By: Mia Watkins
REV Creative Content Coordinator
Mia here. If you’re anything like me, you’ve picked up or rediscovered your green thumb during the early months of the COVID-19 pandemic. I’ve been slowly and steadily giving my living room jungalow vibes a la Pinterest, thanks to local plant shops such as House Plant Collective.
You might have spotted its old school bus parked outside your favorite Birmingham brewery. If so, I HIGHLY encourage you to step inside for a dreamy atmosphere filled with affordable plants and other goodies.
I asked owner Jessica Watts a few questions while doing some weekend shopping. Here’s what she had to say about opening during the lockdown and why people are so excited about plants these days.
Q. You started working on your bus during the pandemic? Is that right?
A. So, we bought it last September, and we started the buildout and actually worked with Steven Stewart (sp?) with Gatos and Beans. We were ready to roll in March with events and obviously the pandemic caused a shift for us.
We pivoted, we went online and started doing local pick-up and delivery. Then, we started with our bus events in July.
Q. How did the online experience go and how have in-person experiences been?
A. We were astonished by how much people in quarantine were wanting some plants for their house, so we did see an immediate response with that, but even more so when we brought the bus out. I think that’s kind of the experiential factor, the shopping experience that our customers are getting when they step into a greenhouse on wheels.
In-person, we’ve seen an immediate response from the Birmingham community. We’ve also started to venture to other cities. We’ve been to Huntsville and Jacksonville. We see more of a boom when we’re able to kind of pop into different cities —especially towns that can’t support a full plant store. It’s been something we’ve been able to tap into and give them the opportunity to build a plant collection outside of the standard plants they can get at Home Depot or Lowe’s.
Q. Other than House Plant Collective being on wheels, what do you think the “it” factor is for customers?
A. I feel like because we are able to bring the plants to the customers —where people live, work and play—that pulls in another factor that typical brick and mortars can’t tap into.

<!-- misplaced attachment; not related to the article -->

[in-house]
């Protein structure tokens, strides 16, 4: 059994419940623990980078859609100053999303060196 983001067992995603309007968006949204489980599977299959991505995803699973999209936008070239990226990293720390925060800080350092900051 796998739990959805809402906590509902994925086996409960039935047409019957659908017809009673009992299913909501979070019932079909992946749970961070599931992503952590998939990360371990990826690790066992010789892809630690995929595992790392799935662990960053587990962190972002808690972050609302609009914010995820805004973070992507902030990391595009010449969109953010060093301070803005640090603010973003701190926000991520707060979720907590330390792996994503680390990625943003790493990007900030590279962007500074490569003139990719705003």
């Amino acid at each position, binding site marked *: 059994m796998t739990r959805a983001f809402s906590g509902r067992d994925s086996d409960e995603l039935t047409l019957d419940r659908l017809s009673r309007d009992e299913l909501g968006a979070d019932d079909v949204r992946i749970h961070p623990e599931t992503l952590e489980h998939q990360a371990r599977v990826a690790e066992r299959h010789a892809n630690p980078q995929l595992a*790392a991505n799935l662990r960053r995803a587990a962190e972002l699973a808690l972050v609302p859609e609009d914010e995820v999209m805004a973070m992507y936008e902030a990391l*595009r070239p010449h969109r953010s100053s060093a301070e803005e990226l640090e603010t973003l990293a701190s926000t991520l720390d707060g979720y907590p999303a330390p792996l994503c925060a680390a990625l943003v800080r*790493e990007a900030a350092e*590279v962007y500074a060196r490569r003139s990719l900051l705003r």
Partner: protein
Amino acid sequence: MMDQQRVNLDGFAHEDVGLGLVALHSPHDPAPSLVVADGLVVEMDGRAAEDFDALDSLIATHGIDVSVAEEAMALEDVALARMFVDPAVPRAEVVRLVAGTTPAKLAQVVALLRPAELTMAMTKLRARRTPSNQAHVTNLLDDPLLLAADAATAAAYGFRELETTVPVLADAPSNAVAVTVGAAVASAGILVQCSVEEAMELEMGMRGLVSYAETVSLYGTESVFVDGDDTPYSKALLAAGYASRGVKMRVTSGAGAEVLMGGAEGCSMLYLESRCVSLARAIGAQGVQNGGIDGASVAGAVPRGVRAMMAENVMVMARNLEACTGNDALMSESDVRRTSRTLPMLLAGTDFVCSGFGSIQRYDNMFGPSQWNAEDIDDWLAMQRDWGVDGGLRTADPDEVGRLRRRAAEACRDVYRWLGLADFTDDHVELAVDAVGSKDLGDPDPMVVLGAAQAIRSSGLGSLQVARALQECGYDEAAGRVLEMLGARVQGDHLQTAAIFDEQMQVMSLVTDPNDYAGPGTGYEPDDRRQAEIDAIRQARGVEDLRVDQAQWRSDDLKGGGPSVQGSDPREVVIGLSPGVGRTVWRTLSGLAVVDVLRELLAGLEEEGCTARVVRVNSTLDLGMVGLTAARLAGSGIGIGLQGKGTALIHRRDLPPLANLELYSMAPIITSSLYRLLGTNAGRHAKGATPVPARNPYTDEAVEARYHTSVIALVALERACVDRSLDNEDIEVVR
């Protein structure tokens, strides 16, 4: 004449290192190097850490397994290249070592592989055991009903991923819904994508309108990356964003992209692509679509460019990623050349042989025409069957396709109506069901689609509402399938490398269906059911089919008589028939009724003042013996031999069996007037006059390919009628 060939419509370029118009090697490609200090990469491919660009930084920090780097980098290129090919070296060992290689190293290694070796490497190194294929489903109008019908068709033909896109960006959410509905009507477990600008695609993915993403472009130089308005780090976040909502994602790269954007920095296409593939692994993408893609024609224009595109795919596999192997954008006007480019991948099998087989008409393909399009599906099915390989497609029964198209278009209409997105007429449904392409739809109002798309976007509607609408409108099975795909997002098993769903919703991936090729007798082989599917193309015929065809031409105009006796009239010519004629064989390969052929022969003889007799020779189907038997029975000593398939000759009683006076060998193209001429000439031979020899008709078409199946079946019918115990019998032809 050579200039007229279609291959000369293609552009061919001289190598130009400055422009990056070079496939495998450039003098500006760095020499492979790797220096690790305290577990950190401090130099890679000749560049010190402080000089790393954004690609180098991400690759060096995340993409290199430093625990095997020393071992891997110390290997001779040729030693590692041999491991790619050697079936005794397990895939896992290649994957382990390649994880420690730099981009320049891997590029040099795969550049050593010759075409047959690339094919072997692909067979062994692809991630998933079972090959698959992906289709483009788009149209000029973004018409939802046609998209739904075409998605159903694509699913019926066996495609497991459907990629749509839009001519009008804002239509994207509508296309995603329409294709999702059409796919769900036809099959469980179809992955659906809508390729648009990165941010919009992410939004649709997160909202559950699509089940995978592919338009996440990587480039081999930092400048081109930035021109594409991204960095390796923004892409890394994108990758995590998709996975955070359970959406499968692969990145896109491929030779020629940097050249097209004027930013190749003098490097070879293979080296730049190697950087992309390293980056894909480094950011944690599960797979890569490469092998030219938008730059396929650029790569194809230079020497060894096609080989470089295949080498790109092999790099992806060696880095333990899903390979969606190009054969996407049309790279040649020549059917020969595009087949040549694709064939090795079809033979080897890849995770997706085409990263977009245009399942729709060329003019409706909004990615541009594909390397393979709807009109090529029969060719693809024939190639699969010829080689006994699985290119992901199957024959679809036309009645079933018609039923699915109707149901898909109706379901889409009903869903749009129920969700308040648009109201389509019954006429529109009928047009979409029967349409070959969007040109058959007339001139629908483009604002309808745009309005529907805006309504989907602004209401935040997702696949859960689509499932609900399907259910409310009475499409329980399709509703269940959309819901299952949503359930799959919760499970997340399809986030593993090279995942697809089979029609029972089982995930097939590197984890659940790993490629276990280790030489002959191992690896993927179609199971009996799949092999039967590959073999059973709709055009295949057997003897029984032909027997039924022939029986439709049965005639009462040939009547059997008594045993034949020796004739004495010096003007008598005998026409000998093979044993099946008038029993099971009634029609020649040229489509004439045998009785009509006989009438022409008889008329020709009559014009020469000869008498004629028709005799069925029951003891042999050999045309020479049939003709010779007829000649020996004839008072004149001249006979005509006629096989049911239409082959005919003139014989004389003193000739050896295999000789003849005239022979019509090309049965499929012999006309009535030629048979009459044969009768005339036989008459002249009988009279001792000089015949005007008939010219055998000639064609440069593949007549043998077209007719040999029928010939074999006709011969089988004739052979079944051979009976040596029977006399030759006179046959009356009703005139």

Q. One thing I wanted to discuss was the house plan boom. I personally bought three plants during quarantine, but I’m about to buy more. Why do you think people are so keen to become plant parents during this time?
A: I think it has a lot to do with the fact that people want the opportunity to nurture something when everything else seems to be kind of falling apart. It really helps to see something grow and thrive while everyone’s been stuck in their home. This gives people an opportunity to invest in something.
Q. Where would you suggest that people start when it comes to house plants?
A: You’d be surprised at how often I get that question. I usually recommend low light, low care plants like pothos. ZZ-plants are also another low light plant that’s resilient. Snake plants can also be shareable and they can grow to be quite big.
Q. How has your involvement with REV helped you on your entrepreneurial journey?
A: It’s been huge. I do not have a business background, so I knew I needed that training to make sure that this was a viable and sustainable option. Working with REV helped me get my bearings straight and helped me figure out my break-even point and what my profit losses and gains. It helped me get my numbers crunching and moving before I got started.
Q. You’re also looking for warehouse space. Is there anything else coming up for House Plant Collective?
A; We’re going to continue popping up in new cities and building out our events schedule. The retail/warehouse space is going to be a big thing. Hopefully, we’ll get that rolling in the next few months.
Be sure to follow House Plant Collective on Facebook and Instagram to find out their pop-up schedule!
At REV, we also love seeing the added vibrancy on the street as patrons enjoy outdoor dining in our beautiful city. As indoor dining reopens, cities across the country are realizing that ending expanded outdoor dining could mean leaving money on the table.
Although the Greyhound Bus Terminal was renovated in the ’70s, many original elements of the building remained and have now been become historic highlights in the present-day adaptive reuse project. Join us on a photo tour of the historic space!
This is obviously good for downtown… but why *exactly*? Here’s REV President & CEO David Fleming’s take on what the move means for downtown Birmingham’s place in the world now and in the future.